Overall, I would sum these skis up as an awesome bit of kit. To any potential buyers I would strongly recommend really thinking about where you ski most on the mountain. If your looking for an all mountain ski that is forgiving and can go all over, even into the powder, then these are not the skis for you. However, if you prefer to ski hard on fresh packed corduroy pistes with a ski that is going to push your edge angles, and generate speed, then these skis are fantastic. I found myself having to back off several times, not due to the ski quivering or loosing grip, but for a reason that any skier doesn’t really like to admit to!
Having completed the British Association of Snowsport Instructors (BASI) 3 European Mountain Safety (EMS) assessment, a few years ago and the Level 4 training last year in Courcheval, I thought it would be a good idea to complete the BASI 4 European Mountain Safety.
Ski touring and off piste skiing are what I enjoy most about snow sports. The mountains have always held a fascination for me and the physical effort involved along with the skills needed to safely travel in them are key to this.
Areches – The Venue
I arrived in Areches (1,000m) a few days before the course started so I could get my bearings. However, with the huge amount of snow that fell followed by rain and a category 5 avalanche forecast, this was limited. The ski resort itself was closed for two-days! Areche-Beaufort is a very small resort which is split between Areches and Le Planay (1,170m); which is in the Haute-Savoie and was part of Italy in medieval times. The locals are very proud of their heritage and make some amazing cheeses. The area is well known for its wildlife which includes Ibex, Chamois, Lynx, Ermine, Bearded Vultures, Golden Eagles and Wolves which come over the mountains from Italy. The village is home to roughly 3,000 people who live there year round and the majority are involved in farming of some sort or other. The resort’s big plus, compared to other places I have skied, is the amount of easily accessible backcountry skiing which is not glaciated. They have a race, the Pierre Menta, each year in April and in the summer, which sees thousands of teams skiing/running up the mountains and cols. It is truly is an all-year round resort. For those new to touring there are several skinning tracks which run close to the piste and are marked and graded. They offer very cheap single lift passes for those wishing to ski off piste or are heading further afield but want to make use of the up lift. The Ecole du Ski Français (ESF) offer instructor led day and half day tours. The instructor I met was Pierre-Eve and his mad collie which didn’t stop running all day. Other sports shops offer guided trips over more challenging terrain and privately guided trips.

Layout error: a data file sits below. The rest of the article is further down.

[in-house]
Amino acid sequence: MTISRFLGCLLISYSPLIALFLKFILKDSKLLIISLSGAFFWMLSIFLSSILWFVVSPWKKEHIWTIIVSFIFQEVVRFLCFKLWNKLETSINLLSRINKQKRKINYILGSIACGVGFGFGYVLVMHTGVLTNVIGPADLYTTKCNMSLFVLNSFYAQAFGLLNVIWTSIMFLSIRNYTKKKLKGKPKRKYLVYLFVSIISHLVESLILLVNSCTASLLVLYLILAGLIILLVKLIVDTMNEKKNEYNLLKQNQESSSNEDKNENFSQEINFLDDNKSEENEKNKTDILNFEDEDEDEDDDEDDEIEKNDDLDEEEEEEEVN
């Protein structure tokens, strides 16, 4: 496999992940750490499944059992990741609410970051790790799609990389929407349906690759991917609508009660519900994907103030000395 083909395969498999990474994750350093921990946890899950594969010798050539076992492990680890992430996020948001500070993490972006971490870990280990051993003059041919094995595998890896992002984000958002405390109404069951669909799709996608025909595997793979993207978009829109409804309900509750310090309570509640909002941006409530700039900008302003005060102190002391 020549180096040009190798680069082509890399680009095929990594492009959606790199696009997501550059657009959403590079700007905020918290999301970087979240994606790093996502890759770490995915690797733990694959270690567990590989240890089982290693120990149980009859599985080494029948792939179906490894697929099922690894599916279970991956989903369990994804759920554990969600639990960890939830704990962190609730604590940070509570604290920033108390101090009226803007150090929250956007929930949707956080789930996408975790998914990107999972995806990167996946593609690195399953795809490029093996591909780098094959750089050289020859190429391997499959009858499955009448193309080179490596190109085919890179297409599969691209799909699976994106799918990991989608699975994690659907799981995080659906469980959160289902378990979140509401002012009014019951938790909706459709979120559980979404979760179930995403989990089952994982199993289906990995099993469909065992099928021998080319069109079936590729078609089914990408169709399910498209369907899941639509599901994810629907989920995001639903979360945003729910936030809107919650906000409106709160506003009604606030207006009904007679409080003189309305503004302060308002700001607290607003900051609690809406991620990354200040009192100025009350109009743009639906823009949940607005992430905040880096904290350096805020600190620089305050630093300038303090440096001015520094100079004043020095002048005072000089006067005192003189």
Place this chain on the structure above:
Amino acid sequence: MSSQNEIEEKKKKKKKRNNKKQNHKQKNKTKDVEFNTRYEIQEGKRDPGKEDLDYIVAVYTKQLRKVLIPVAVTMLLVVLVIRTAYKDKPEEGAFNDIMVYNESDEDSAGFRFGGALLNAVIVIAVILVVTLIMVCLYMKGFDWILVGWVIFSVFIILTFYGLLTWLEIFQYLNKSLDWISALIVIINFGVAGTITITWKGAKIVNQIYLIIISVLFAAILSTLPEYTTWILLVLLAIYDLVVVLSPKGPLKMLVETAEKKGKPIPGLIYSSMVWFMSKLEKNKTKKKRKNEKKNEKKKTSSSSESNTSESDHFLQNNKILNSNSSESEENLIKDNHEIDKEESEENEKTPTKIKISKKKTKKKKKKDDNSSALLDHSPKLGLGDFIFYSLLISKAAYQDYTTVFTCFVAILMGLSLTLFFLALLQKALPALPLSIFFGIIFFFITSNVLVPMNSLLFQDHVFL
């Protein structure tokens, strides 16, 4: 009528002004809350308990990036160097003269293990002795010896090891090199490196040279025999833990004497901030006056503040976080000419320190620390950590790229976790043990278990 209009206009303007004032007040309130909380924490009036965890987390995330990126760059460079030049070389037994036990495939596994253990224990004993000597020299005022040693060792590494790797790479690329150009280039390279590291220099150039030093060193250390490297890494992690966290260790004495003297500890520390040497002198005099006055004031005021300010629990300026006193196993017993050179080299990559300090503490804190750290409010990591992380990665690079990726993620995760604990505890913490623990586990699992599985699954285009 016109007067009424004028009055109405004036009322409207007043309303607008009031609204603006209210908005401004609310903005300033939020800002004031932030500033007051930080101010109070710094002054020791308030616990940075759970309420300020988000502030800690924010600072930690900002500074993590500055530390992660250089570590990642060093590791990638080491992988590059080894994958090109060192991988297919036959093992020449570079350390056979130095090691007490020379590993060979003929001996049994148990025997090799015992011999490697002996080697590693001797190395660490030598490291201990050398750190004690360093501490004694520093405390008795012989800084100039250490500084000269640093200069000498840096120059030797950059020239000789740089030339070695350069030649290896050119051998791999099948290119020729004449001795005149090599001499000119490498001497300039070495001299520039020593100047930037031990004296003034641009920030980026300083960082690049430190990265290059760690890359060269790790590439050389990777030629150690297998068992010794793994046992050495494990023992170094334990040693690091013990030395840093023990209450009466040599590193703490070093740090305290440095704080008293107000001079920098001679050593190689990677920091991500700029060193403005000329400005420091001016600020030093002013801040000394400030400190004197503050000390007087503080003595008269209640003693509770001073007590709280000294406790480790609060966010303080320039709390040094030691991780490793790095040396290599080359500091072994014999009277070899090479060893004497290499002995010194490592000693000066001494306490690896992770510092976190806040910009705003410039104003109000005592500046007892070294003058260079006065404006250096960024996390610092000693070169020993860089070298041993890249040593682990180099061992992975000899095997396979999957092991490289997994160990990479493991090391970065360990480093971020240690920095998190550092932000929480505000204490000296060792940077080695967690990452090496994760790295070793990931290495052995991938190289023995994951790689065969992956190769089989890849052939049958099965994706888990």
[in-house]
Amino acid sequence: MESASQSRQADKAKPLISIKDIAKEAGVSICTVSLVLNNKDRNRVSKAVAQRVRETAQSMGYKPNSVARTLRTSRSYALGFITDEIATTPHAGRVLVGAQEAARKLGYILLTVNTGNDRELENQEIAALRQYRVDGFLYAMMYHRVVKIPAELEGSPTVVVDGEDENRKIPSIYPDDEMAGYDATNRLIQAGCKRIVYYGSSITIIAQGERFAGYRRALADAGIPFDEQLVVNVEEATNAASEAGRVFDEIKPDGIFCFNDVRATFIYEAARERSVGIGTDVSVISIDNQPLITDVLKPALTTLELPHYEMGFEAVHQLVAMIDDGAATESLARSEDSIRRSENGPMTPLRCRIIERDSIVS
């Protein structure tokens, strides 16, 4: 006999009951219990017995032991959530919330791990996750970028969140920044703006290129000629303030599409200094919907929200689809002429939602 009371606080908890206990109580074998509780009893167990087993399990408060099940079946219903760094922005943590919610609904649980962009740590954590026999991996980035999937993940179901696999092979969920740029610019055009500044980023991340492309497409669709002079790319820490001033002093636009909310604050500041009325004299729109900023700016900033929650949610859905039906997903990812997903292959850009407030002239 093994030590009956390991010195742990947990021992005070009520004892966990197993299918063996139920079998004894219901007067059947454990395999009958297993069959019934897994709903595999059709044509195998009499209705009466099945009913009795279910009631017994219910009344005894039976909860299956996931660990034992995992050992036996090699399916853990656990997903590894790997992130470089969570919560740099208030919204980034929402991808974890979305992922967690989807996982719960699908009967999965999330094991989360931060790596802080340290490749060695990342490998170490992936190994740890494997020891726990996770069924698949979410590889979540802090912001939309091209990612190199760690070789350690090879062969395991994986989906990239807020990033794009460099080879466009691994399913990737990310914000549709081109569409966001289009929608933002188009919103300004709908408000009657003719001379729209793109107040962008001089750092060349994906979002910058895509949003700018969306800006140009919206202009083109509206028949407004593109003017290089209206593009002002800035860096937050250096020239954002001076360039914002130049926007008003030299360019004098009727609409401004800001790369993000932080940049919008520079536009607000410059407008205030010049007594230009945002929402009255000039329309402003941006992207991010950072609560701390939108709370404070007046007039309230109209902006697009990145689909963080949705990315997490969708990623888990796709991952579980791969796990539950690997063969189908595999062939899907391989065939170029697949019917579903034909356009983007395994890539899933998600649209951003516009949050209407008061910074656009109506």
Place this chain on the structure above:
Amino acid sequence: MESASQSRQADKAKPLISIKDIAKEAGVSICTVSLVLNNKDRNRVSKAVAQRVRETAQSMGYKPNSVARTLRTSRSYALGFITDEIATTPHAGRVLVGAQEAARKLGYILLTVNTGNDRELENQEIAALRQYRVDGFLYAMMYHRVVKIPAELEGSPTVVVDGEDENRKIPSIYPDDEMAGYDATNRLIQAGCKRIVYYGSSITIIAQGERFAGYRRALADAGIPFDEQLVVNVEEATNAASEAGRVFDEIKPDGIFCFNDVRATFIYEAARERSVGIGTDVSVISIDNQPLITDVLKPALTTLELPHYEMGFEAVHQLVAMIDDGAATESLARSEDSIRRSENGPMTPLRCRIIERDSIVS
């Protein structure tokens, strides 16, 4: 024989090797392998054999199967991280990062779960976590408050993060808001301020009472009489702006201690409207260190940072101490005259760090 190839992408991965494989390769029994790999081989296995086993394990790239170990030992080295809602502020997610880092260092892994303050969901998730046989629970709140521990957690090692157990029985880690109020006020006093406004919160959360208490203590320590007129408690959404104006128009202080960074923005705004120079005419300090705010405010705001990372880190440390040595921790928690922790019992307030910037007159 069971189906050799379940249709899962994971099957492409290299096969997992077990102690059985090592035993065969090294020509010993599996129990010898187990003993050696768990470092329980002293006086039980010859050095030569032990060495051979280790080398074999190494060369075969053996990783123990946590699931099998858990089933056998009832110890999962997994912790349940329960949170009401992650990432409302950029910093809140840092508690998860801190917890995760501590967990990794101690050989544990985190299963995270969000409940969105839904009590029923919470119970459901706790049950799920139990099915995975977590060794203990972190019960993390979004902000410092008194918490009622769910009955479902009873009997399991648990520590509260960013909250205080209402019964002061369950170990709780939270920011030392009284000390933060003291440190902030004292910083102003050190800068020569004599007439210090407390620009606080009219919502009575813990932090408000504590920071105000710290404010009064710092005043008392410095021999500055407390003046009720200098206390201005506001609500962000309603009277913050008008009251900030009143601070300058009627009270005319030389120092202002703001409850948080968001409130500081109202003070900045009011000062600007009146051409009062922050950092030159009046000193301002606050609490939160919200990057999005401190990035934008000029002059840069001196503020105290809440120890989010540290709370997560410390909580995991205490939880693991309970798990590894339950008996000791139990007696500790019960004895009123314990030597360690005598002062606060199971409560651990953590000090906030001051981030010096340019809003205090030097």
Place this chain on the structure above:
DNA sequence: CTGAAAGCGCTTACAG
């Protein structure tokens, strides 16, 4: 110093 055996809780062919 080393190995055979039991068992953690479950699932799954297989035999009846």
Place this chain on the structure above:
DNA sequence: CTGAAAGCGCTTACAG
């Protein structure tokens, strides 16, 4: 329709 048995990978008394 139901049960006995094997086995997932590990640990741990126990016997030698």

BASI 4 European Mountain Safety
The assessment started on the Tuesday evening with a short briefing about what to expect and what we needed to carry. Each morning we discussed the avalanche and weather forecast to test our knowledge and understanding relating to the areas we would be working in. We then set out to ski the resort and to check out our map reading, group control and route choice both up and down hill. As the day was so nice we took in the biggest local hill ‘Le Grand Mont’ (2,686m). The gradient was at an easy angle and we were all very keen to impress, so the ascent didn’t take too long! The views were jaw dropping in all directions with uninterrupted views north to Mont Blanc. The ski down was also great fun as the snow was so good. We did have to remember that we were being assessed and make sure we looked after the group, taking them down the best lines. Returning towards the piste we stopped to set up ski belays and then lower and belay back up our partners to demonstrate we were safe. A bit more skiing followed and the first day was behind us. That evening we had a theory paper which covered various areas including avalanche, weather, mountain knowledge, emergency procedures, flora & fauna, equipment, etc. We also had to complete a route plan for the following day with bearings, timings, distances and features to look out for.
We woke the following day to blue skies and so could do our planned route. We took it in turns to lead and everyone had to keep track of our location as you could be asked at any point to show our location and to prove it. The ski in was very enjoyable through trees to start, then open fields, and mountain meadows later. Dropping over a ridge in to a bowl allowed us the chance to stretch our ski legs for a short distance before putting skins back on our skis and heading up to the Col de Roche Plane (2,094m), over 1,000m of ascent. Heading back down started really well and we all enjoyed the snow, however, this was not to last as the snow, which had been great up to this point, changed to become nearly un-skiable. The descent became slower and it was with huge relief that we eventually arrived back on the road, a short walk from Areches. With nothing planned for the evening we all went for a well earned pizza and a couple of beers before heading off to bed and to pack kit for our final day and our results!
Another glorious day greeted us and with only a few skills to be tested we were all looking forward to finishing. More off piste skiing, avalanche and weather quiz, and the dreaded transceiver search followed. The search was for two transceivers which had been buried to simulate an avalanche; which had to be found within eight minutes. Nerves play a big part in this, because so much depends on you passing. We all took our turn and even though some of the transceivers misbehaved we all completed in under the time allowed.
With all the testing completed all that was left was to find out the results. I am glad to say we all completed the assessment successfully which was a great relief. It was great to meet new people who were doing the assessment for different reasons. Tim, Rupert and Alister were great company; and each offered the others support when they needed it. And thanks to Willie, our assessor, for his encouragement and good humour throughout. by